Archive for Contract of employment


Posted in Employment contracts with tags , , , on March 10, 2008 by labourlawoffices

Many employers have suffered the frustration of employees resigning from their employment without giving the required notice of intention to resign stipulated in their employment contract. In a recent High Court case, however, the right of an employer to enforce the terms of a contract of employment against an employee, was confirmed.

In this particular case, an airline pilot was required to give three months’ notice of termination of his employment to his airline employer. When he only gave one month’s notice of termination of employment, the employer sought to enforce the notice provisions of the agreement in Court. The pilot opposed the application, contending that under employment law, the employer could not force him to continue his employment relationship. Now, the Court does not usually order an employee to comply with a specific work obligation eg. attending and participating in a meeting. In this case however, the Court held that it had a discretion to enforce the three months notice period.

The various factors that come in to play in determining whether or not to grant such an order includes:

  • The particular relationship between the employer and employee;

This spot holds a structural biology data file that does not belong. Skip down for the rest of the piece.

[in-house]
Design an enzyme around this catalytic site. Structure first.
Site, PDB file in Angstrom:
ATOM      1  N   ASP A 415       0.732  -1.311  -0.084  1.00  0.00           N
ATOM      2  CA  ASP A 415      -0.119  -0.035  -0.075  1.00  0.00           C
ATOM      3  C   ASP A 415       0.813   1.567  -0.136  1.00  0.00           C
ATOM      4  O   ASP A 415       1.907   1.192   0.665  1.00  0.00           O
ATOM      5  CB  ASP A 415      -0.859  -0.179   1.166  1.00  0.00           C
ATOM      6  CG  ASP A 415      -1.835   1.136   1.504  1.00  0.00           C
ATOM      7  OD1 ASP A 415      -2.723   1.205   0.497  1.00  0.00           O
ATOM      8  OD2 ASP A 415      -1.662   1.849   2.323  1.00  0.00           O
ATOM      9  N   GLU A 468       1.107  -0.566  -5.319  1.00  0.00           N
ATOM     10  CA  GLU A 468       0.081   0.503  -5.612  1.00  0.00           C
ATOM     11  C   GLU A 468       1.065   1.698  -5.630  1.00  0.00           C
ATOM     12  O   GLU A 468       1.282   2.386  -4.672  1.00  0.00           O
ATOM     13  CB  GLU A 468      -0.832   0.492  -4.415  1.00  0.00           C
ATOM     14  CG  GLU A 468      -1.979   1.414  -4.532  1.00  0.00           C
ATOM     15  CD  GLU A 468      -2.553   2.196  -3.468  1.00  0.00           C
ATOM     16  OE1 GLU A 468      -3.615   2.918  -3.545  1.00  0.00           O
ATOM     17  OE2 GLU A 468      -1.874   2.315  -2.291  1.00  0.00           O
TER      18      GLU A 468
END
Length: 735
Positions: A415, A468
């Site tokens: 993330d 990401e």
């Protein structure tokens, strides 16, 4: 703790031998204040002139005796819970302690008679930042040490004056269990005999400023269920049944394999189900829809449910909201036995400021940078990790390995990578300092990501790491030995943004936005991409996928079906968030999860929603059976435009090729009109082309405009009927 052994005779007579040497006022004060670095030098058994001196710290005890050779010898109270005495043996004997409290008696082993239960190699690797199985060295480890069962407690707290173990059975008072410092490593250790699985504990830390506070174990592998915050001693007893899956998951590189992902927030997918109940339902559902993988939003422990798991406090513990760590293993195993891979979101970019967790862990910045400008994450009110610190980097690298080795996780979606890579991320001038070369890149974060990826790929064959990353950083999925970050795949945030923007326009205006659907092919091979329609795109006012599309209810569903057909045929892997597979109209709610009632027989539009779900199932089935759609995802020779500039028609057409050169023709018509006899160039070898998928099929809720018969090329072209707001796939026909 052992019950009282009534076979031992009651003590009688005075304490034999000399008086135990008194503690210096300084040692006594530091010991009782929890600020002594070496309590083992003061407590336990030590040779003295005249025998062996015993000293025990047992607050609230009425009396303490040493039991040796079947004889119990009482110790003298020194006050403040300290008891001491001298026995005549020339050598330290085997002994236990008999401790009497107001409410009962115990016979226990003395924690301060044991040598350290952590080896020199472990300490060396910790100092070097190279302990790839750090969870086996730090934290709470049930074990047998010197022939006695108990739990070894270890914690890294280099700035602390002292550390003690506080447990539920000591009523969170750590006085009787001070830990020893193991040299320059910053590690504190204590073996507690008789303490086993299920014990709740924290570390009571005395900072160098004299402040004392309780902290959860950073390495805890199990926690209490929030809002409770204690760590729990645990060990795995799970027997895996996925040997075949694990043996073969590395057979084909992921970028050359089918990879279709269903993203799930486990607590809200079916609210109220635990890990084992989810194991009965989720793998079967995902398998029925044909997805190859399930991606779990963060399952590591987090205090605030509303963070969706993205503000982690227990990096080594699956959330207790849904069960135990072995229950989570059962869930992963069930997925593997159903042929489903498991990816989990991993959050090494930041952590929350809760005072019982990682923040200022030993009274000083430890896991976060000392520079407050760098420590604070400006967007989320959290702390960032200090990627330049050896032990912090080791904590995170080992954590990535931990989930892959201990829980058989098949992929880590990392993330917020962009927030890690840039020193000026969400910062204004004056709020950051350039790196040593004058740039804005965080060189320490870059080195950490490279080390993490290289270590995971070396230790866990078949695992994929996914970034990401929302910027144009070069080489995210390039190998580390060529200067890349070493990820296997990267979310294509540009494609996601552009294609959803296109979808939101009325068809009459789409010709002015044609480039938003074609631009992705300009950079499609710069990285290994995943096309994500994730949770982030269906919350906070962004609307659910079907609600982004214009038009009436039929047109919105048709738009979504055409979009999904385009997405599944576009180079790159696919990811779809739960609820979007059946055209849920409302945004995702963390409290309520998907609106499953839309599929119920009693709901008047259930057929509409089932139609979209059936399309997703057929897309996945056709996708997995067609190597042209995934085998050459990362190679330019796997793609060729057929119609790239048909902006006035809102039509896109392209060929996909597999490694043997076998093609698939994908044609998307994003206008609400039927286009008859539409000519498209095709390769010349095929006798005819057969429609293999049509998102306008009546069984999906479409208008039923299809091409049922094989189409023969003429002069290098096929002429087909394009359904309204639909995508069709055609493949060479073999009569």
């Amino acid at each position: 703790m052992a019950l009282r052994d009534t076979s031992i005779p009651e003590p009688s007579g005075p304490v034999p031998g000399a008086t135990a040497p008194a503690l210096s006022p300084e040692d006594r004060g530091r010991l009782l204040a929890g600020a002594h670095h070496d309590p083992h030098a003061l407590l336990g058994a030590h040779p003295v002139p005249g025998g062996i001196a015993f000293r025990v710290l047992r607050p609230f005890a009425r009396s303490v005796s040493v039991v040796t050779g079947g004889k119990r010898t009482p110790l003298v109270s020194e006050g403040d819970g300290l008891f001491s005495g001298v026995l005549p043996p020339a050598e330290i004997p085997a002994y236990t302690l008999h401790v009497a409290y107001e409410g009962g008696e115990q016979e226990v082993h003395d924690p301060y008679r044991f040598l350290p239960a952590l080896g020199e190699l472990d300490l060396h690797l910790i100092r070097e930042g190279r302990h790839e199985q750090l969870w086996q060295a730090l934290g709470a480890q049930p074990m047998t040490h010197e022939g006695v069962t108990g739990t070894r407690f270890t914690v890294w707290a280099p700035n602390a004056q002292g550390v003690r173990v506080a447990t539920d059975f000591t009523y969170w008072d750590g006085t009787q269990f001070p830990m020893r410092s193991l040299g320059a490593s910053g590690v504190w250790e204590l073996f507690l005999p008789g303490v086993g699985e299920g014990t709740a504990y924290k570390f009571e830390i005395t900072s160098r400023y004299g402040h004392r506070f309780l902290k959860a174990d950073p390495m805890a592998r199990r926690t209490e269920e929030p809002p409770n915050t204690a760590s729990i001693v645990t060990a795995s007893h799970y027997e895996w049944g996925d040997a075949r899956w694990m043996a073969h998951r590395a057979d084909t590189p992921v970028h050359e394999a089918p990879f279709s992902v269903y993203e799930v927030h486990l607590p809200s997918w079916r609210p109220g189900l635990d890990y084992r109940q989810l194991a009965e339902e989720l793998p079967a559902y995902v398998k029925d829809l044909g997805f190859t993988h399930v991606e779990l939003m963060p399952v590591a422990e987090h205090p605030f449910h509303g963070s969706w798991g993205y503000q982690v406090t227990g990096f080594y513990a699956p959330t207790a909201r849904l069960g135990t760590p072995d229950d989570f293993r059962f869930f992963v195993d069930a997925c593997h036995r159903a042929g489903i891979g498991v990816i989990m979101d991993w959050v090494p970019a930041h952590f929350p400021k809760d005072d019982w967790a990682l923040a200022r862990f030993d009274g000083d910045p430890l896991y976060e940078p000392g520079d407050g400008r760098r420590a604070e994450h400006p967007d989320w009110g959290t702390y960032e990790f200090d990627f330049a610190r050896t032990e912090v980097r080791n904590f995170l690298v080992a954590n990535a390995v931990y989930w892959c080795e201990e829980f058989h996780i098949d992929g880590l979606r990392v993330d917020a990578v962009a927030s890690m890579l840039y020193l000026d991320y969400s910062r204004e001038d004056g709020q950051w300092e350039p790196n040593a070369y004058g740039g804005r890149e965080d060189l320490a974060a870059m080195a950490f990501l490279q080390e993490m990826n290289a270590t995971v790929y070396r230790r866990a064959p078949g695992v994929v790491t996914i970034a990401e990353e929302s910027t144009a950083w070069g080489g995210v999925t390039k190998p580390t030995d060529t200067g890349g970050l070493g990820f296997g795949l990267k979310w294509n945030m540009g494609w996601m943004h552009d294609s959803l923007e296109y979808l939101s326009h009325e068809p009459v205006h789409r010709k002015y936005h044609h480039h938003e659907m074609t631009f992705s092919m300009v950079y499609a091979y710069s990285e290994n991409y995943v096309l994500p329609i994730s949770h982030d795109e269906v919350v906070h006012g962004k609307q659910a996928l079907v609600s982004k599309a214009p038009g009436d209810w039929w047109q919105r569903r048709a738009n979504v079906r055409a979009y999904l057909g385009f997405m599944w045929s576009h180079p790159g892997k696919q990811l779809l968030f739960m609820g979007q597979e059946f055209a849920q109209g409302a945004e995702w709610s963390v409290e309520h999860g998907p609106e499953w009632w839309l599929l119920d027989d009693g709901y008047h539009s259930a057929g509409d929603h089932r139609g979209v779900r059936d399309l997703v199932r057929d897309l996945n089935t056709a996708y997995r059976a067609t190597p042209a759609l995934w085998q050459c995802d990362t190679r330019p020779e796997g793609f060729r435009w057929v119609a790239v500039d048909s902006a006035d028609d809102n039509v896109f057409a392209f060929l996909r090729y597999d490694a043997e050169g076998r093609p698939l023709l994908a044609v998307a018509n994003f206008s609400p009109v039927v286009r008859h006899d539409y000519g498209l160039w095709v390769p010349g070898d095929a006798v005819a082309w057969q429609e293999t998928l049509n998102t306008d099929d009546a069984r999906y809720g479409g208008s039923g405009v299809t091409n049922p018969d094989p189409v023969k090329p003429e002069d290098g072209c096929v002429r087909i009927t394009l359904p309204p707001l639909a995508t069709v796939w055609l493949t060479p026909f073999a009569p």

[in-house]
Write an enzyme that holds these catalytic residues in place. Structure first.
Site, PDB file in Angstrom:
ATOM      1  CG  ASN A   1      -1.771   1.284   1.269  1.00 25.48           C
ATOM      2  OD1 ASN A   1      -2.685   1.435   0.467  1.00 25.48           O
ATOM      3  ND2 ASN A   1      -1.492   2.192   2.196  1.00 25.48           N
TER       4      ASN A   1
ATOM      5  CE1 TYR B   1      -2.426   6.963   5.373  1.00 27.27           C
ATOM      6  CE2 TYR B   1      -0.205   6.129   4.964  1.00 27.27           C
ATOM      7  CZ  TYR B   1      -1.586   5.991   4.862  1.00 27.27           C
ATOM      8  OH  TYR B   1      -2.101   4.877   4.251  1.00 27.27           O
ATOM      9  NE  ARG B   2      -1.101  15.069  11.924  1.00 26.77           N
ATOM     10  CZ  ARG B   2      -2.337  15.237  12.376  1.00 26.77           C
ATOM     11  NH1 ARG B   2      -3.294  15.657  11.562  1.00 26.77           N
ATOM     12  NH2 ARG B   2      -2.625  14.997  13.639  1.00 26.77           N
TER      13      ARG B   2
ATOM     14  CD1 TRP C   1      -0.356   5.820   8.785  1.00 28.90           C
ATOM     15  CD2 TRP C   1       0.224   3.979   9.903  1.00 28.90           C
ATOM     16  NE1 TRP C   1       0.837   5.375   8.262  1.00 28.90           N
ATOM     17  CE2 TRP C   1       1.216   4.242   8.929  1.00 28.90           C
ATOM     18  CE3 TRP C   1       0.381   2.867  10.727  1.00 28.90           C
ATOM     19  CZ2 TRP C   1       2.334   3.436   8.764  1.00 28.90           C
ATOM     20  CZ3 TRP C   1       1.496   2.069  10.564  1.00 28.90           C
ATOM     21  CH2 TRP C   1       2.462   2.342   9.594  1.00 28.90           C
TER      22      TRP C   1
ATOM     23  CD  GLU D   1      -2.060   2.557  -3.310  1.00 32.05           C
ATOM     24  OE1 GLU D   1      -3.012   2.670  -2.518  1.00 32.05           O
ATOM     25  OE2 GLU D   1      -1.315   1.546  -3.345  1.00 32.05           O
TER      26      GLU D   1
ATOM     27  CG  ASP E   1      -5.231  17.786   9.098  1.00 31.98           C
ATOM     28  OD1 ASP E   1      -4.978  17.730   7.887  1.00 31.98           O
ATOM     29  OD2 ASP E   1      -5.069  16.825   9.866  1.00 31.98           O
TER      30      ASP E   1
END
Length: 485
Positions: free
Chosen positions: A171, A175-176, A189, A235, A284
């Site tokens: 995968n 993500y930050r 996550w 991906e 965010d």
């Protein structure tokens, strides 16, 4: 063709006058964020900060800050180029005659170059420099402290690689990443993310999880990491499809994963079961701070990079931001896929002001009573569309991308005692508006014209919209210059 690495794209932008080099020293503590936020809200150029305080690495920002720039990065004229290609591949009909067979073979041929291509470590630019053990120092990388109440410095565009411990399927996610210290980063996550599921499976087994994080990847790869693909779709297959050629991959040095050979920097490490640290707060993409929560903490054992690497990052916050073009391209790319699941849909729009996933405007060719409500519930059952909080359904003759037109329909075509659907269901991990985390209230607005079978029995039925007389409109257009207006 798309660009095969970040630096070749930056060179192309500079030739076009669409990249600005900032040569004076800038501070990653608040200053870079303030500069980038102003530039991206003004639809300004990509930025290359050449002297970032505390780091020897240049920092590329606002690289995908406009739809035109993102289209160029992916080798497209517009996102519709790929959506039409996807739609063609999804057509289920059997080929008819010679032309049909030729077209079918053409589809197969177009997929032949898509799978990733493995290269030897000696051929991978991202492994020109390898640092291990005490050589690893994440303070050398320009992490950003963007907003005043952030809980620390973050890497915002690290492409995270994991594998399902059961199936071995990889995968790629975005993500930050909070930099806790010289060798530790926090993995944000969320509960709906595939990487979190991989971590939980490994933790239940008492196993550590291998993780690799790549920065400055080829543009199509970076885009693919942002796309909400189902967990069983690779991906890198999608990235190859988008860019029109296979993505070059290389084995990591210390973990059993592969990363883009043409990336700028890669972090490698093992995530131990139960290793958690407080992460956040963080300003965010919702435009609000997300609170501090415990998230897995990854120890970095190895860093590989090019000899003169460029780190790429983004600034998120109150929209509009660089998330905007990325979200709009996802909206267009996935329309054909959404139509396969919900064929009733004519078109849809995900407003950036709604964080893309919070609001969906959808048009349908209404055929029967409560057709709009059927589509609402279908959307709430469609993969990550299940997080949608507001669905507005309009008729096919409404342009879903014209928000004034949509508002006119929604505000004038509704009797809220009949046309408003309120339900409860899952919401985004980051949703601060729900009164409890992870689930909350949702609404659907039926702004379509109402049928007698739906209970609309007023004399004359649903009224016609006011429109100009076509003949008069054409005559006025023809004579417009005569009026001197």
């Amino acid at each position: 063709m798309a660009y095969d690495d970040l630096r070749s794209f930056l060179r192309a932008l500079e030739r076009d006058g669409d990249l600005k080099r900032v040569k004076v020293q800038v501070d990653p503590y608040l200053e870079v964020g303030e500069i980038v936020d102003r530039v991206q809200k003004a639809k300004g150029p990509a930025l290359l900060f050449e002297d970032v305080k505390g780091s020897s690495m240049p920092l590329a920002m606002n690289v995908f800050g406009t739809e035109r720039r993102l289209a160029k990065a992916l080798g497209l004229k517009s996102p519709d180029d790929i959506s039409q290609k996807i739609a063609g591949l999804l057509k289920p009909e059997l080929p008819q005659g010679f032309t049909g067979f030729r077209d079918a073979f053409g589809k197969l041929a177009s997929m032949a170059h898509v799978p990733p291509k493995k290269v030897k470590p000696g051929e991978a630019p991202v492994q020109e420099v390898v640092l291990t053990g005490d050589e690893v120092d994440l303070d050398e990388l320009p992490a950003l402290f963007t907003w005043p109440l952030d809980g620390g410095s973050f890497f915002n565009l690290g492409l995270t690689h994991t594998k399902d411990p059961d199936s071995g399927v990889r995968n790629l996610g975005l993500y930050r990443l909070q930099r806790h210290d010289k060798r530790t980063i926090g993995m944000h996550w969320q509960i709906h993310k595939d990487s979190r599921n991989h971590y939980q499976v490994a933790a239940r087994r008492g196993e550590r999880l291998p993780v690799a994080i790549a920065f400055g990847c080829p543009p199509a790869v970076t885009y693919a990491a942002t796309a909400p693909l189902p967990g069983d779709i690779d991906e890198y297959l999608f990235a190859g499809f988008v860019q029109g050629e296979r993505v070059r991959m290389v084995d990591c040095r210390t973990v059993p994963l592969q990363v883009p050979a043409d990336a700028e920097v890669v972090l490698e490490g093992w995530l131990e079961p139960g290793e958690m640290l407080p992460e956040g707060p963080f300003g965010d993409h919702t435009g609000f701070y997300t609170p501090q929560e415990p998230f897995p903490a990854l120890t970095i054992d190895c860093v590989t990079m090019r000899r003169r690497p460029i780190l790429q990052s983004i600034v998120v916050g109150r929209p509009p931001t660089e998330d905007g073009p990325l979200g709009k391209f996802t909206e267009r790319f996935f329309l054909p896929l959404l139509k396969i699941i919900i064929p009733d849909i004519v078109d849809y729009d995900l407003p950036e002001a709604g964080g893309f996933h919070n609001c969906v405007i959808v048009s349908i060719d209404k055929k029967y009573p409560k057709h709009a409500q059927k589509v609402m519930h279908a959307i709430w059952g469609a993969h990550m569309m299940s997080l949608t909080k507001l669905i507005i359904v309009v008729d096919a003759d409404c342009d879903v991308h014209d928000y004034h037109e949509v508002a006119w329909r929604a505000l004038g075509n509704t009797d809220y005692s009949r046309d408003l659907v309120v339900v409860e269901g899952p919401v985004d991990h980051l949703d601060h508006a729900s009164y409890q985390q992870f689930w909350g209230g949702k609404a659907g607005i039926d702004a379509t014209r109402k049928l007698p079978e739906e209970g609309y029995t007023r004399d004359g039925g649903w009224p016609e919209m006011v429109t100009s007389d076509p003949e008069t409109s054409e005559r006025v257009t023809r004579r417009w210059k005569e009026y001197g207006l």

• The nature of the employment contract;
  • The nature of the service or work to be performed by the employee in terms of the contract;
  • The prejudice to the employer if specific performance were not granted, compared with the prejudice to the employee if it were granted.

In this case it was held that the real reason why the pilot had sought termination of employment was to enable him to take up more lucrative employment with another airline. It was also held that the pilot was not an ordinary employee because:

  • He was a highly qualified professional pilot who had contracted on equal terms with the airline and was able to command a high sum of money for doing so; and
  • in the performance of his duties, the pilot was in exclusive command of the aeroplane he was piloting, i.e. his decision-making insofar as piloting the aircraft was concerned, was not subject to the employer’s control.

It was accordingly held that the airline would be prejudiced if the order were not granted, in that it would take two or three months for the airline to replace the pilot and, in the interim, flights would be cancelled and income and goodwill may be lost. The Court accordingly decided to grant an order of specific performance against the pilot, namely that he had to continue serving the Applicant until a full three months’ notice period had passed.